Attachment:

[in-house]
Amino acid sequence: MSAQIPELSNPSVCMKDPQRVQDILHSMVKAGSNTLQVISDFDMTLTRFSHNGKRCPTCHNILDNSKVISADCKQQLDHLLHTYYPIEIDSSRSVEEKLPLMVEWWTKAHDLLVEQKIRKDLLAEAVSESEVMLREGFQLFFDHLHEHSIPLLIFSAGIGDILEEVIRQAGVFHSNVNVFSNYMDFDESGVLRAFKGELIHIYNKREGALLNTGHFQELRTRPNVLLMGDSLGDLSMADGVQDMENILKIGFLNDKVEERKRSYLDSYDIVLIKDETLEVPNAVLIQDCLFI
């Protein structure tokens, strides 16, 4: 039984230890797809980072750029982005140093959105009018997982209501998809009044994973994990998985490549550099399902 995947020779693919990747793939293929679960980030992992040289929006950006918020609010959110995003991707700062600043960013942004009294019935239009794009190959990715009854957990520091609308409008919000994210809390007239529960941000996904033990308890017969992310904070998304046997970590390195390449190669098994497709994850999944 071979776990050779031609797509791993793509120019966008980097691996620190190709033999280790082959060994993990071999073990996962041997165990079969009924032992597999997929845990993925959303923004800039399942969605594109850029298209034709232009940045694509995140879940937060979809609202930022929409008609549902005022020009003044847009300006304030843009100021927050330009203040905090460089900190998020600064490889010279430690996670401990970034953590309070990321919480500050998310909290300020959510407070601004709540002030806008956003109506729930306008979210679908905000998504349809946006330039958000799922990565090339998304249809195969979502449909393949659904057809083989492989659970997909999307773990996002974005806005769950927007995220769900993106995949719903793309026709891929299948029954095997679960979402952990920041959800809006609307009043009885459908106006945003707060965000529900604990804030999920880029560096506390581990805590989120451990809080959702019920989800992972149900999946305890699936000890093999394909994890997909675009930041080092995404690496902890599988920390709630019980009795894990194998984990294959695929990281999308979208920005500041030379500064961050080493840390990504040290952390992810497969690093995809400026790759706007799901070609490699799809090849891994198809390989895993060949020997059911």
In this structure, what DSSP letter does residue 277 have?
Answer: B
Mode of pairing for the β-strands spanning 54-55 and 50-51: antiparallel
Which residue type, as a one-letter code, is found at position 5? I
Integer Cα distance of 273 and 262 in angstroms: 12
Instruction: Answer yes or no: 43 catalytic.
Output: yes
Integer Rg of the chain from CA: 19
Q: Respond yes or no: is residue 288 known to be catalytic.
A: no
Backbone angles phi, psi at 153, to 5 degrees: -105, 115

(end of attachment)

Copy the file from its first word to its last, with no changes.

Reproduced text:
[in-house]
Amino acid sequence: MSAQIPELSNPSVCMKDPQRVQDILHSMVKAGSNTLQVISDFDMTLTRFSHNGKRCPTCHNILDNSKVISADCKQQLDHLLHTYYPIEIDSSRSVEEKLPLMVEWWTKAHDLLVEQKIRKDLLAEAVSESEVMLREGFQLFFDHLHEHSIPLLIFSAGIGDILEEVIRQAGVFHSNVNVFSNYMDFDESGVLRAFKGELIHIYNKREGALLNTGHFQELRTRPNVLLMGDSLGDLSMADGVQDMENILKIGFLNDKVEERKRSYLDSYDIVLIKDETLEVPNAVLIQDCLFI
């Protein structure tokens, strides 16, 4: 039984230890797809980072750029982005140093959105009018997982209501998809009044994973994990998985490549550099399902 995947020779693919990747793939293929679960980030992992040289929006950006918020609010959110995003991707700062600043960013942004009294019935239009794009190959990715009854957990520091609308409008919000994210809390007239529960941000996904033990308890017969992310904070998304046997970590390195390449190669098994497709994850999944 071979776990050779031609797509791993793509120019966008980097691996620190190709033999280790082959060994993990071999073990996962041997165990079969009924032992597999997929845990993925959303923004800039399942969605594109850029298209034709232009940045694509995140879940937060979809609202930022929409008609549902005022020009003044847009300006304030843009100021927050330009203040905090460089900190998020600064490889010279430690996670401990970034953590309070990321919480500050998310909290300020959510407070601004709540002030806008956003109506729930306008979210679908905000998504349809946006330039958000799922990565090339998304249809195969979502449909393949659904057809083989492989659970997909999307773990996002974005806005769950927007995220769900993106995949719903793309026709891929299948029954095997679960979402952990920041959800809006609307009043009885459908106006945003707060965000529900604990804030999920880029560096506390581990805590989120451990809080959702019920989800992972149900999946305890699936000890093999394909994890997909675009930041080092995404690496902890599988920390709630019980009795894990194998984990294959695929990281999308979208920005500041030379500064961050080493840390990504040290952390992810497969690093995809400026790759706007799901070609490699799809090849891994198809390989895993060949020997059911």
In this structure, what DSSP letter does residue 277 have?
Answer: B
Mode of pairing for the β-strands spanning 54-55 and 50-51: antiparallel
Which residue type, as a one-letter code, is found at position 5? I
Integer Cα distance of 273 and 262 in angstroms: 12
Instruction: Answer yes or no: 43 catalytic.
Output: yes
Integer Rg of the chain from CA: 19
Q: Respond yes or no: is residue 288 known to be catalytic.
A: no
Backbone angles phi, psi at 153, to 5 degrees: -105, 115